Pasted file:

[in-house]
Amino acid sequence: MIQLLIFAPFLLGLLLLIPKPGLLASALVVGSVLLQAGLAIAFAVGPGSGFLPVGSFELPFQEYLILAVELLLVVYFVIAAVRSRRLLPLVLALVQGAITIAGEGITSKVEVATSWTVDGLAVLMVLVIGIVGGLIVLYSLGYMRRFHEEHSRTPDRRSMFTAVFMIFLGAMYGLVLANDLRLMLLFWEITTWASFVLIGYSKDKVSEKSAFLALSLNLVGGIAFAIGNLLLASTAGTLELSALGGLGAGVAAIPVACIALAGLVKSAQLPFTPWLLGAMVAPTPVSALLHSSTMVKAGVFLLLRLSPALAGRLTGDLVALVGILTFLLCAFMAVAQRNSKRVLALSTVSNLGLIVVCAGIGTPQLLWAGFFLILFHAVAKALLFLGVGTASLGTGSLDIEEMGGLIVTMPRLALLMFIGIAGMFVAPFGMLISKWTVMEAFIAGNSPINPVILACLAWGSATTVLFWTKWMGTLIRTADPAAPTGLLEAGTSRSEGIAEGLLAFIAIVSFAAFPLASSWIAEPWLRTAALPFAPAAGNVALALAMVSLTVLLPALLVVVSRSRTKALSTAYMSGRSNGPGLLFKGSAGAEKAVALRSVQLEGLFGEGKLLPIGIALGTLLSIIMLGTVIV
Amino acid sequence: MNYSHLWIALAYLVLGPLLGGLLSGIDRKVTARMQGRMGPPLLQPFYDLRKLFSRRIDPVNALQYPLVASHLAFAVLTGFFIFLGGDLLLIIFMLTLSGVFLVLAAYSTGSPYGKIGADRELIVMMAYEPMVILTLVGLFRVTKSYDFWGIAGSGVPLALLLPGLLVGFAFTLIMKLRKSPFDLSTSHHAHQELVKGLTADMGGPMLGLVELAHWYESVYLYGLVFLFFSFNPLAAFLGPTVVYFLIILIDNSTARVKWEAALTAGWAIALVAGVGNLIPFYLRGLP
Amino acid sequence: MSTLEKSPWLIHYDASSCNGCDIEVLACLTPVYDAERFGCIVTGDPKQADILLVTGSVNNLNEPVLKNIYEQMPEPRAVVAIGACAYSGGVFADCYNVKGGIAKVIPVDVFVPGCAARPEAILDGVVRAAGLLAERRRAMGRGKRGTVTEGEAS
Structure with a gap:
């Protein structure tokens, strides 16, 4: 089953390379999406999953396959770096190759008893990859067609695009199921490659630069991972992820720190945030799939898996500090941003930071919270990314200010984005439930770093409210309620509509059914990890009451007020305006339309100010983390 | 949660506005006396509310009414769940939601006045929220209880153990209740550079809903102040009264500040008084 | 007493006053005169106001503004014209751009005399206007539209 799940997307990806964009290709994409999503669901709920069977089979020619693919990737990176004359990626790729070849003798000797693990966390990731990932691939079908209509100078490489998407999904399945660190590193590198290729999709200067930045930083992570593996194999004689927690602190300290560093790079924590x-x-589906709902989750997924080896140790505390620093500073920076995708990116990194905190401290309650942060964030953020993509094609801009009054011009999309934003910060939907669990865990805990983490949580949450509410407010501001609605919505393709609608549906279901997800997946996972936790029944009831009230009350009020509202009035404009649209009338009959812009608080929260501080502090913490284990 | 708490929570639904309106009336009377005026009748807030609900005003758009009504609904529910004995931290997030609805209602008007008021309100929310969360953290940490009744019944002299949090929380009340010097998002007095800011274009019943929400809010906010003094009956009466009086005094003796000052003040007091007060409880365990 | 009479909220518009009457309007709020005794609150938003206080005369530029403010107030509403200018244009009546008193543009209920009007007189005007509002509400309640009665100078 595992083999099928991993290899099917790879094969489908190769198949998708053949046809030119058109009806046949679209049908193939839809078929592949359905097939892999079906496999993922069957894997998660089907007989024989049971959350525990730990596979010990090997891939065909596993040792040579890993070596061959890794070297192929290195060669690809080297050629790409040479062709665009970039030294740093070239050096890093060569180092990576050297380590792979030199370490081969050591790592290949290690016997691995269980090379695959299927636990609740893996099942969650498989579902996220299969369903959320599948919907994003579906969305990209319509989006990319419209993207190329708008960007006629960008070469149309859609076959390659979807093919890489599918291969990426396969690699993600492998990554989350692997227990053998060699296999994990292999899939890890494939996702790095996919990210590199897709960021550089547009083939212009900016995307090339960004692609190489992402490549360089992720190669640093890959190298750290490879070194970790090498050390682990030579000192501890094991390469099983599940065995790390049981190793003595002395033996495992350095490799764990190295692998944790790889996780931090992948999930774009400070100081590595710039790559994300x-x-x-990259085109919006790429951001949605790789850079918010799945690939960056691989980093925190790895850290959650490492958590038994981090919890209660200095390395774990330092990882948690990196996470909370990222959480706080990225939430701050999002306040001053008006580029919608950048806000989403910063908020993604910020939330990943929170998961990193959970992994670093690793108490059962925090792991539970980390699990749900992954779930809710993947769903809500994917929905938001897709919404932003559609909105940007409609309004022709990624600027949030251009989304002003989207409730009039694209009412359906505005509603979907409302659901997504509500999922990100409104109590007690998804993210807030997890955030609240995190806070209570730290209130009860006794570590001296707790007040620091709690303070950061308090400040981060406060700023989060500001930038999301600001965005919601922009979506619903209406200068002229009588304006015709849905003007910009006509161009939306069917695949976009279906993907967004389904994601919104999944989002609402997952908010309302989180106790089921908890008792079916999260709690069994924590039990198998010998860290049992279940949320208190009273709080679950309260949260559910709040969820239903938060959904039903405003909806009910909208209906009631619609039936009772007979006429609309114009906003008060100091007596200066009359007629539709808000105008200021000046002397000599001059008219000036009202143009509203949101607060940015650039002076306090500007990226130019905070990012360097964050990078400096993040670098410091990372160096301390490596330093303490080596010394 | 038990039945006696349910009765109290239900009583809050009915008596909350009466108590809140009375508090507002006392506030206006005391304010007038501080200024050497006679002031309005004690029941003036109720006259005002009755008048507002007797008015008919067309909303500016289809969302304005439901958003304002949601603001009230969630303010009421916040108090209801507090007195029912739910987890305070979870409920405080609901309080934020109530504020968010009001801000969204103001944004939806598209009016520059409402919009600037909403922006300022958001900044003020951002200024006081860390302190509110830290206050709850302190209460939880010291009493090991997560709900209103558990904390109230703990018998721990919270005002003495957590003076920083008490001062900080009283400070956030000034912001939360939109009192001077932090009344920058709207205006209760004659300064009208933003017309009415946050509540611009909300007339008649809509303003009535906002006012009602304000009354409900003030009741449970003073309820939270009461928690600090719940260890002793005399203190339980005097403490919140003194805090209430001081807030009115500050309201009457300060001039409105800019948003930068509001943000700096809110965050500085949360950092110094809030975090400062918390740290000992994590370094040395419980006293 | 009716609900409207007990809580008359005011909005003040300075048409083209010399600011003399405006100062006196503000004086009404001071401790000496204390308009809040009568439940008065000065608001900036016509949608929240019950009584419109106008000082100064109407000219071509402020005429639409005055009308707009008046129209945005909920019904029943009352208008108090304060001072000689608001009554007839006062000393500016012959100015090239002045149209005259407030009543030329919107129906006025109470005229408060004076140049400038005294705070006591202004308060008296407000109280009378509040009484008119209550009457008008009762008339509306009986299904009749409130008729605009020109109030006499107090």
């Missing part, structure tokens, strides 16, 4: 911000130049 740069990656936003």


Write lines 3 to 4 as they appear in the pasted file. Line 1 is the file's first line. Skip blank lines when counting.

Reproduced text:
Amino acid sequence: MNYSHLWIALAYLVLGPLLGGLLSGIDRKVTARMQGRMGPPLLQPFYDLRKLFSRRIDPVNALQYPLVASHLAFAVLTGFFIFLGGDLLLIIFMLTLSGVFLVLAAYSTGSPYGKIGADRELIVMMAYEPMVILTLVGLFRVTKSYDFWGIAGSGVPLALLLPGLLVGFAFTLIMKLRKSPFDLSTSHHAHQELVKGLTADMGGPMLGLVELAHWYESVYLYGLVFLFFSFNPLAAFLGPTVVYFLIILIDNSTARVKWEAALTAGWAIALVAGVGNLIPFYLRGLP
Amino acid sequence: MSTLEKSPWLIHYDASSCNGCDIEVLACLTPVYDAERFGCIVTGDPKQADILLVTGSVNNLNEPVLKNIYEQMPEPRAVVAIGACAYSGGVFADCYNVKGGIAKVIPVDVFVPGCAARPEAILDGVVRAAGLLAERRRAMGRGKRGTVTEGEAS